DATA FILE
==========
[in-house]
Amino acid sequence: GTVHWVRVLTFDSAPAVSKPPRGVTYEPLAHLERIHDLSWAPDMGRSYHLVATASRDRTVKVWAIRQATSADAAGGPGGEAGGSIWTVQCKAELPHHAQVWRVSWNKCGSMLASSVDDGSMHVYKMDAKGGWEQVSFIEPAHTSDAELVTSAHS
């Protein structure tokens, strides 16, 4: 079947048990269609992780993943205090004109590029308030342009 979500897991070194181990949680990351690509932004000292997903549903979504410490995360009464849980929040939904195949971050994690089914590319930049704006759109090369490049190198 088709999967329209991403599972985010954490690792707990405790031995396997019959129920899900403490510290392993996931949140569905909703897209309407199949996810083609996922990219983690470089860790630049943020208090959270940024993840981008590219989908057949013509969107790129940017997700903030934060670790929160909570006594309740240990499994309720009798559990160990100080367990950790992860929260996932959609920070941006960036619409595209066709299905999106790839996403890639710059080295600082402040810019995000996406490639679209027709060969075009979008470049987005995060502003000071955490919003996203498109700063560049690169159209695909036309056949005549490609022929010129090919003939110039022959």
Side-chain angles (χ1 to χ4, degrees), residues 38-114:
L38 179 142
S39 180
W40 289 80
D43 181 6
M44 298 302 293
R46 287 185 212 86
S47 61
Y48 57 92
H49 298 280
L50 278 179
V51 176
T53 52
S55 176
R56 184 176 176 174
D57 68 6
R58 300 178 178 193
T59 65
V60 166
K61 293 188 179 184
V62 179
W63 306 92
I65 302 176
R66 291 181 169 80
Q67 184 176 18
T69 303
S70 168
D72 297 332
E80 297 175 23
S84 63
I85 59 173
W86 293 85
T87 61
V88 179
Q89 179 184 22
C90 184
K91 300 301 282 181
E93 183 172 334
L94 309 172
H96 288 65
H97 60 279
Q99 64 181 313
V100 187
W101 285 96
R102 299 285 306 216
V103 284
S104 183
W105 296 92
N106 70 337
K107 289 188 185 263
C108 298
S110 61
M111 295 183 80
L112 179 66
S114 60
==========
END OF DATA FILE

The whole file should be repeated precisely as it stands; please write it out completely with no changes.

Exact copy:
[in-house]
Amino acid sequence: GTVHWVRVLTFDSAPAVSKPPRGVTYEPLAHLERIHDLSWAPDMGRSYHLVATASRDRTVKVWAIRQATSADAAGGPGGEAGGSIWTVQCKAELPHHAQVWRVSWNKCGSMLASSVDDGSMHVYKMDAKGGWEQVSFIEPAHTSDAELVTSAHS
């Protein structure tokens, strides 16, 4: 079947048990269609992780993943205090004109590029308030342009 979500897991070194181990949680990351690509932004000292997903549903979504410490995360009464849980929040939904195949971050994690089914590319930049704006759109090369490049190198 088709999967329209991403599972985010954490690792707990405790031995396997019959129920899900403490510290392993996931949140569905909703897209309407199949996810083609996922990219983690470089860790630049943020208090959270940024993840981008590219989908057949013509969107790129940017997700903030934060670790929160909570006594309740240990499994309720009798559990160990100080367990950790992860929260996932959609920070941006960036619409595209066709299905999106790839996403890639710059080295600082402040810019995000996406490639679209027709060969075009979008470049987005995060502003000071955490919003996203498109700063560049690169159209695909036309056949005549490609022929010129090919003939110039022959």
Side-chain angles (χ1 to χ4, degrees), residues 38-114:
L38 179 142
S39 180
W40 289 80
D43 181 6
M44 298 302 293
R46 287 185 212 86
S47 61
Y48 57 92
H49 298 280
L50 278 179
V51 176
T53 52
S55 176
R56 184 176 176 174
D57 68 6
R58 300 178 178 193
T59 65
V60 166
K61 293 188 179 184
V62 179
W63 306 92
I65 302 176
R66 291 181 169 80
Q67 184 176 18
T69 303
S70 168
D72 297 332
E80 297 175 23
S84 63
I85 59 173
W86 293 85
T87 61
V88 179
Q89 179 184 22
C90 184
K91 300 301 282 181
E93 183 172 334
L94 309 172
H96 288 65
H97 60 279
Q99 64 181 313
V100 187
W101 285 96
R102 299 285 306 216
V103 284
S104 183
W105 296 92
N106 70 337
K107 289 188 185 263
C108 298
S110 61
M111 295 183 80
L112 179 66
S114 60